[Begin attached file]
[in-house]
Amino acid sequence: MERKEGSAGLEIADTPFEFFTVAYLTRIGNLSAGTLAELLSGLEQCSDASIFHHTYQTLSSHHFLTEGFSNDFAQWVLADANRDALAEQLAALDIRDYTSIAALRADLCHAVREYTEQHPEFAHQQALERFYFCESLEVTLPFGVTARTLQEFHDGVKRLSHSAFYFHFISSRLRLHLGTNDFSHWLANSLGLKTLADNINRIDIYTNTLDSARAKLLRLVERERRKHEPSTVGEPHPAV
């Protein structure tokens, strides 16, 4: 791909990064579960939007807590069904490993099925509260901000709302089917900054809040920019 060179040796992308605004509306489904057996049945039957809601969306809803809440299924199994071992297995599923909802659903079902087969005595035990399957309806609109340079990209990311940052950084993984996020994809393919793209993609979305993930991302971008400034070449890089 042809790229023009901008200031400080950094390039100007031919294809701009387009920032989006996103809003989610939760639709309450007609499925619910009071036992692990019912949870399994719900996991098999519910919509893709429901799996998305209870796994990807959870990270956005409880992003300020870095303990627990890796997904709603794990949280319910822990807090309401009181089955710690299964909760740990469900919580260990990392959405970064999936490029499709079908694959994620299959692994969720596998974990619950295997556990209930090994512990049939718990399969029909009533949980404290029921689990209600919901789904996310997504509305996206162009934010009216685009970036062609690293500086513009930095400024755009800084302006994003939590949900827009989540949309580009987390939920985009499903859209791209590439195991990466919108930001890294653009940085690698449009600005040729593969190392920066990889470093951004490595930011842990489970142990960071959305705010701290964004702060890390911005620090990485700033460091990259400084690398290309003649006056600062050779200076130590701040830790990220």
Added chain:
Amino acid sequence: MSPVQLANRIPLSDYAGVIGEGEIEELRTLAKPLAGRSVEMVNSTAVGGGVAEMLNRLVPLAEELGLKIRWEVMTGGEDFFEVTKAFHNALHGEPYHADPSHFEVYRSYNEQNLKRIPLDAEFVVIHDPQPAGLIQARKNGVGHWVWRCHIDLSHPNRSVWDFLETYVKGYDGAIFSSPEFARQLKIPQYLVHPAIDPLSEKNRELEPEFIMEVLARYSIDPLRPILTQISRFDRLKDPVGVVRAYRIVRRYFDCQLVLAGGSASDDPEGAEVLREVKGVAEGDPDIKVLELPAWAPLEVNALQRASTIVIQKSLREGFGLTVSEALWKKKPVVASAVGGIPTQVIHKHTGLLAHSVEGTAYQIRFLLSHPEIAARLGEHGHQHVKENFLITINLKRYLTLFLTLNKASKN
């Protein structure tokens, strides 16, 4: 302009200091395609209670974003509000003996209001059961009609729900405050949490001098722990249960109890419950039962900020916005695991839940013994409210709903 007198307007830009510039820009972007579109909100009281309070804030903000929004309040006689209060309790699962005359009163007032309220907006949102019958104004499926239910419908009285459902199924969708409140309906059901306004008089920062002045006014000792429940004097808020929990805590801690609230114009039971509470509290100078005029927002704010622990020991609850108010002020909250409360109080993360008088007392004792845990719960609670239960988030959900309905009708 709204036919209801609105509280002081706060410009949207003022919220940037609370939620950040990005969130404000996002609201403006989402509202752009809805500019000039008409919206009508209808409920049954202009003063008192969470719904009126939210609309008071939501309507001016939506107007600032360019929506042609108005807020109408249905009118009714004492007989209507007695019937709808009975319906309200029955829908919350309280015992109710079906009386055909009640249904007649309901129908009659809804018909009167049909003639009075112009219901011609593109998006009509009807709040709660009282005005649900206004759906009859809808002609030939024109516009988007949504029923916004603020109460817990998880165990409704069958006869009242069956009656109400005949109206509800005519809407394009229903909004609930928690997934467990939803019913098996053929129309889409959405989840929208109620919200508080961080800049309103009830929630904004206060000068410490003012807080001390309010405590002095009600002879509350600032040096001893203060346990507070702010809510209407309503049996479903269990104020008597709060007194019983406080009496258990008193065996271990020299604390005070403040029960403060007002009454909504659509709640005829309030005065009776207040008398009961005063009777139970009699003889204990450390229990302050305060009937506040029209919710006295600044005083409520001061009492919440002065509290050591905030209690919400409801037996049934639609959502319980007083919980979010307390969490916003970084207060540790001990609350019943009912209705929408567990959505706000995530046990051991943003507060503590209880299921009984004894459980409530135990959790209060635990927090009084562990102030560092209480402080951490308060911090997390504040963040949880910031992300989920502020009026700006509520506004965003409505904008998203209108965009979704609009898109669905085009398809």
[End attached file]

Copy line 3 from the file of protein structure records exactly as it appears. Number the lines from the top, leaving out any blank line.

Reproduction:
């Protein structure tokens, strides 16, 4: 791909990064579960939007807590069904490993099925509260901000709302089917900054809040920019 060179040796992308605004509306489904057996049945039957809601969306809803809440299924199994071992297995599923909802659903079902087969005595035990399957309806609109340079990209990311940052950084993984996020994809393919793209993609979305993930991302971008400034070449890089 042809790229023009901008200031400080950094390039100007031919294809701009387009920032989006996103809003989610939760639709309450007609499925619910009071036992692990019912949870399994719900996991098999519910919509893709429901799996998305209870796994990807959870990270956005409880992003300020870095303990627990890796997904709603794990949280319910822990807090309401009181089955710690299964909760740990469900919580260990990392959405970064999936490029499709079908694959994620299959692994969720596998974990619950295997556990209930090994512990049939718990399969029909009533949980404290029921689990209600919901789904996310997504509305996206162009934010009216685009970036062609690293500086513009930095400024755009800084302006994003939590949900827009989540949309580009987390939920985009499903859209791209590439195991990466919108930001890294653009940085690698449009600005040729593969190392920066990889470093951004490595930011842990489970142990960071959305705010701290964004702060890390911005620090990485700033460091990259400084690398290309003649006056600062050779200076130590701040830790990220």